Saturday, June 25, 2011

Electric Rays

The shocks produced by these fish can be painful but are unlikely to be fatal to humans. A special part of the ray’s brain regulates how and when the fish is able to give a shock.

Electric Rays
The ability of electric rays to inflict shocks was well known centuries before the power of electricity was understood. Their electrical output is about 220 volts; much less than that of the electric eel; so they do not represent a serious danger to humans.

Electric Rays
The electrical organs of these fish are located on each side of the body. They have evolved from muscles. These have developed the ability to generate a much stronger electrical current than those that normally travel along the nerves in the body triggering ordinary muscles movements. The ray’s electrical organs consist of layers of disks packed with a jellylike substance along which an electric charge can pass. Up to a thousand of these layers are stacked on top of each other throughout the body.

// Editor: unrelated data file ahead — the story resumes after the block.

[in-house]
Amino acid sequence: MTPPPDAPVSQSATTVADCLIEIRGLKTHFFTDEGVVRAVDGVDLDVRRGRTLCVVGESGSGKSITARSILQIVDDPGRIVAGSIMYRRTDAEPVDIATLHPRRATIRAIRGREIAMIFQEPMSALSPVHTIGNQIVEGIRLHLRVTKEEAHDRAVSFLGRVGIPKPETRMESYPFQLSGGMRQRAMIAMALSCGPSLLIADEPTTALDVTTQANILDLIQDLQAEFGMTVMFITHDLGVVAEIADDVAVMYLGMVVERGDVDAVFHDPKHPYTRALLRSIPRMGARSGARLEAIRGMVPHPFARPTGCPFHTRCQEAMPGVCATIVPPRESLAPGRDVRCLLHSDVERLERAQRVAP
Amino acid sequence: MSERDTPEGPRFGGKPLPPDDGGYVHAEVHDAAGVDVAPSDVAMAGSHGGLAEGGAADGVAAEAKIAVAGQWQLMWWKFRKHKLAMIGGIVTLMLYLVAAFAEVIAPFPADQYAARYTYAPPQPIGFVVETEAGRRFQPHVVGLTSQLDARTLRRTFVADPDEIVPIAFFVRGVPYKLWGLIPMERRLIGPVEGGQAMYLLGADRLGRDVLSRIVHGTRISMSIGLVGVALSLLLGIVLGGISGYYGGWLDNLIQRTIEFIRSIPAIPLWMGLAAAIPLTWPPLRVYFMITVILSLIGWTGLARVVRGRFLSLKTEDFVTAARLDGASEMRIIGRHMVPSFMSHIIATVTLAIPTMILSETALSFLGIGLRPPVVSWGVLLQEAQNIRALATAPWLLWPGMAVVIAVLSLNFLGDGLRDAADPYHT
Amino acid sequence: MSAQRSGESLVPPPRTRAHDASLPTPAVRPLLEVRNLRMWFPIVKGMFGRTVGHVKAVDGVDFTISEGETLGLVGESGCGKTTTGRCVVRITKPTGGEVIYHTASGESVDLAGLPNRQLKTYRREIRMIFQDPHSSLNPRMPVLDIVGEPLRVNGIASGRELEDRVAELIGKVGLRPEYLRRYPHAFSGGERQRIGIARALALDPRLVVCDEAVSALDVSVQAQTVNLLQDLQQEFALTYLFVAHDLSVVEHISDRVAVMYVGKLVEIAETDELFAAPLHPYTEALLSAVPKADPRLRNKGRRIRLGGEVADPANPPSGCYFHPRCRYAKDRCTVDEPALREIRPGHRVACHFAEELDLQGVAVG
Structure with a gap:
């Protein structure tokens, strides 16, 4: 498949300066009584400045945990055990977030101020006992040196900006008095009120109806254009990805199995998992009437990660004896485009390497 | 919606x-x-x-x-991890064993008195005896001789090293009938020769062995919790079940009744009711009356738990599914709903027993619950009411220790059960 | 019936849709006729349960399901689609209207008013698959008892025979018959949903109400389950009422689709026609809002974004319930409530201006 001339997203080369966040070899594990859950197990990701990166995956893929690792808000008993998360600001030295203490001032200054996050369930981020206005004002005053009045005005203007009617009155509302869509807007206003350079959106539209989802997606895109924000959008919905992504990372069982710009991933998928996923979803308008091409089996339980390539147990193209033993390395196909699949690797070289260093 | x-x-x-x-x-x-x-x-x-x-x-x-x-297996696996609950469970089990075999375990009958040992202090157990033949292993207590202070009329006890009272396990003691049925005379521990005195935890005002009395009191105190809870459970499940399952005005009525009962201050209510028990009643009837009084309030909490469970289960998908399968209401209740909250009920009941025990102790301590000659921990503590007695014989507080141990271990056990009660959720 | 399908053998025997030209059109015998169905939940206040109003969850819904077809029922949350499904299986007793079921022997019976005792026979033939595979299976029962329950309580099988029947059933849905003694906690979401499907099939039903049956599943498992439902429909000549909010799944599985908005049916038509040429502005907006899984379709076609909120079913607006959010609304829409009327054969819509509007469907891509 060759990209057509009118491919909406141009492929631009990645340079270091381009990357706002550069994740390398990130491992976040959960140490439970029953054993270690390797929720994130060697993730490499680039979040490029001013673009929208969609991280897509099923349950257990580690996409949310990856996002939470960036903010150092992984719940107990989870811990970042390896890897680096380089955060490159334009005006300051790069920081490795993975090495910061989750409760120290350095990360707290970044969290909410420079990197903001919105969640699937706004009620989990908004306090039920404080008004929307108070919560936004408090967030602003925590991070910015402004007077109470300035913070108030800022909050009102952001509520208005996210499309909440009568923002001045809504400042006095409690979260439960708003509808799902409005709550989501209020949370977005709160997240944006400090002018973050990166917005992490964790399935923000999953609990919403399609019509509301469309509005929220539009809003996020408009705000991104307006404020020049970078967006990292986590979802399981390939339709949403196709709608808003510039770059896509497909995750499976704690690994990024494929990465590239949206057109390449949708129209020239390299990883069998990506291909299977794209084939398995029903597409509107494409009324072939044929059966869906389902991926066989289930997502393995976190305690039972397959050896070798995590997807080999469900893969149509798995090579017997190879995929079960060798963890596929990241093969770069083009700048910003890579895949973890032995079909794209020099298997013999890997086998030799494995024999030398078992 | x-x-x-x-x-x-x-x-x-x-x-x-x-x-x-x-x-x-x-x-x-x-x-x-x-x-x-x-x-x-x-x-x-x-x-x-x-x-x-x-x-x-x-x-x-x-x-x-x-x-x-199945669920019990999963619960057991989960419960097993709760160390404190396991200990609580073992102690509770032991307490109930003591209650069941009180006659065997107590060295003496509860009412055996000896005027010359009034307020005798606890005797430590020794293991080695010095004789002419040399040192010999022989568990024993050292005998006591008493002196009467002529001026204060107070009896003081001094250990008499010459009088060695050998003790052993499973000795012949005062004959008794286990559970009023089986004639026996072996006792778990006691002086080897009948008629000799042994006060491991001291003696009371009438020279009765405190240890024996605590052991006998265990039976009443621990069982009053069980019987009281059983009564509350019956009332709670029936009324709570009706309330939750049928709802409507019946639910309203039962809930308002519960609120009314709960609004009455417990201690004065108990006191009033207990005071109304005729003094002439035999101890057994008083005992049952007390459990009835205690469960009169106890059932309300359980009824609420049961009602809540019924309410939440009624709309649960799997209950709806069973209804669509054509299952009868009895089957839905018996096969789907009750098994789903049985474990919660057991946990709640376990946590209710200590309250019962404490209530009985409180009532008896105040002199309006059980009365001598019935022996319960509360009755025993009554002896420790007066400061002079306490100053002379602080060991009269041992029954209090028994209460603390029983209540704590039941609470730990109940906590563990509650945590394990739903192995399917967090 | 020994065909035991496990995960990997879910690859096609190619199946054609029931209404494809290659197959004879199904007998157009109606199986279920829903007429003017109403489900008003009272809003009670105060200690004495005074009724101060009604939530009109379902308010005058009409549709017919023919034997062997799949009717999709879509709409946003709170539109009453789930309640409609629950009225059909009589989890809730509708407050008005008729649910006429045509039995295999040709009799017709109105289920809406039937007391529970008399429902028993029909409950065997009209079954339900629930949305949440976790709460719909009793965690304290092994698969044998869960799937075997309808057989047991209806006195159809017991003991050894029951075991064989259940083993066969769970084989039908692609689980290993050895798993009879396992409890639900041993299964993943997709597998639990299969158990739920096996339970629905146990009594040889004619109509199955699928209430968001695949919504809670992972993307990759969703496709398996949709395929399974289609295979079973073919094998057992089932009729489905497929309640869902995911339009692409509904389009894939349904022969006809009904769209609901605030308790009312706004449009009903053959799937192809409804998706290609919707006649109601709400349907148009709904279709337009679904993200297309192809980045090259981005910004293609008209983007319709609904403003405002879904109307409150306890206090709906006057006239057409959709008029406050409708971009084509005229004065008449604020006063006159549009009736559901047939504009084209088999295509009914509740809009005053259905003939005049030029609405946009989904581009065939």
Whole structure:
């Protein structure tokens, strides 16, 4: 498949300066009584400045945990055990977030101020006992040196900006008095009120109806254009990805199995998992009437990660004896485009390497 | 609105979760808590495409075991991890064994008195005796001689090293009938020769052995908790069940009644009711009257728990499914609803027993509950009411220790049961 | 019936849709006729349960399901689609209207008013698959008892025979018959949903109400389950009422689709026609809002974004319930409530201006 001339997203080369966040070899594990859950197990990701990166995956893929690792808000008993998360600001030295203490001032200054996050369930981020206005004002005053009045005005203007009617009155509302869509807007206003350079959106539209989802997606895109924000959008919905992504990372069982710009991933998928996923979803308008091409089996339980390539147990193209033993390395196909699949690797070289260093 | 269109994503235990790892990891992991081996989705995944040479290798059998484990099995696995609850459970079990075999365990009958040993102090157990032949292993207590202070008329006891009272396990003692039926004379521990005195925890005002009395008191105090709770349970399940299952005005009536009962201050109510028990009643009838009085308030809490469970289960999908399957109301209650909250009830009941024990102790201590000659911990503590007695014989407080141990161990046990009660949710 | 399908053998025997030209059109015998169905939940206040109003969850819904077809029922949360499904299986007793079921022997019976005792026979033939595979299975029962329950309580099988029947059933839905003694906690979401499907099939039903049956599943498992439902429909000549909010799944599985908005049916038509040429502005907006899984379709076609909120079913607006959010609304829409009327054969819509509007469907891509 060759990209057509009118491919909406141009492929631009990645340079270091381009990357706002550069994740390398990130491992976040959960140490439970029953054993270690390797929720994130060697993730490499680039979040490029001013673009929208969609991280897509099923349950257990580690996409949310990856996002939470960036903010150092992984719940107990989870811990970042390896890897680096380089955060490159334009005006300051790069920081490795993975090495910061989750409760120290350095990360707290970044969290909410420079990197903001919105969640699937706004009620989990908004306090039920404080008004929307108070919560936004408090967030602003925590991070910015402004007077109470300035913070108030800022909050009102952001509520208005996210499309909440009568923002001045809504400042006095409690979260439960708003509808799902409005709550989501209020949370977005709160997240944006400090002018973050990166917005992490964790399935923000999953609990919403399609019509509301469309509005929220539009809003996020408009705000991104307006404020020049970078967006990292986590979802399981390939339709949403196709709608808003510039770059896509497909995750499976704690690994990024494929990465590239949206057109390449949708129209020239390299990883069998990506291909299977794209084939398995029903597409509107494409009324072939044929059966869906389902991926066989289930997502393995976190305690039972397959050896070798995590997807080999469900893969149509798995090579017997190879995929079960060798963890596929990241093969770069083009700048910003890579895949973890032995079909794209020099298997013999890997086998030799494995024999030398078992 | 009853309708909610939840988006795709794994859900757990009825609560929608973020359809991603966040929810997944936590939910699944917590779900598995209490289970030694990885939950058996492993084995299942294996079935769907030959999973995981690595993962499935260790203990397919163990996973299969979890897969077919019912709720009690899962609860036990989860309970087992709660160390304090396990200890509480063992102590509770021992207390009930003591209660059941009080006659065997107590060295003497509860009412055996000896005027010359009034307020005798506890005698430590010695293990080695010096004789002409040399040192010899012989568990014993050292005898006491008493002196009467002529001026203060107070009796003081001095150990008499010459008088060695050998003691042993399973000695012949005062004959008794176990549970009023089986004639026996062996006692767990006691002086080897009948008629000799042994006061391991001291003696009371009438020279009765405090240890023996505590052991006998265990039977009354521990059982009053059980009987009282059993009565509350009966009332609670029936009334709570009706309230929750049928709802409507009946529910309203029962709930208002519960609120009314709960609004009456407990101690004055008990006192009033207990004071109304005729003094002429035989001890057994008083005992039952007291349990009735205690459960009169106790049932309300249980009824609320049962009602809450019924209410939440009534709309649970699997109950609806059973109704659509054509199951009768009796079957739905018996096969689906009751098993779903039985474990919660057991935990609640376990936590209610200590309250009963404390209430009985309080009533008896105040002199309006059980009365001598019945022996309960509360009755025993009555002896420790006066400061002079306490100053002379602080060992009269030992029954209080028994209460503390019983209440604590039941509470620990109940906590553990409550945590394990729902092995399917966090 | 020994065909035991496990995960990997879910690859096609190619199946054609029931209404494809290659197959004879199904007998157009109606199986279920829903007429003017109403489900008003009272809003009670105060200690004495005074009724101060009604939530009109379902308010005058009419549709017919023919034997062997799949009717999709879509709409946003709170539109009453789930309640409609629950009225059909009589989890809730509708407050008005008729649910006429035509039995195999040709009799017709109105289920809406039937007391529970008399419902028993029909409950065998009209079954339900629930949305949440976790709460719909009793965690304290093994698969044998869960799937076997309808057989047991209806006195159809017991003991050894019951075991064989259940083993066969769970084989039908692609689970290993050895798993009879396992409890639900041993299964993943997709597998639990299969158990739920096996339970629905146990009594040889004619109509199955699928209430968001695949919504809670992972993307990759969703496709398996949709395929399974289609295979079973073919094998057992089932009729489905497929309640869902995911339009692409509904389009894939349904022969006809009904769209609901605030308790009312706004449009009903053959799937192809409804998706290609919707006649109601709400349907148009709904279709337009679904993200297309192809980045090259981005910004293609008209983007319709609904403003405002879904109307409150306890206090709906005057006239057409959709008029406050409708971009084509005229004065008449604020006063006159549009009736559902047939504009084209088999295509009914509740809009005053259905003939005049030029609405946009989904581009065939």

Brain Power
Electric Rays
A special part of the Electric Ray's brain called the electrical lobe connects directly via nerve fibers to the electrical organs. This in turn enables the ray to control the use of its electricity efficiently. It only discharges when its
prey is within reach or danger threatens.

This is important, because as with a battery, the voltage from the electrical organs will become drained if they are used all the time. It takes time for them to recharge. There is also an instant override in the system. When female rays give birth, for example, they will not electrocute their own offspring.


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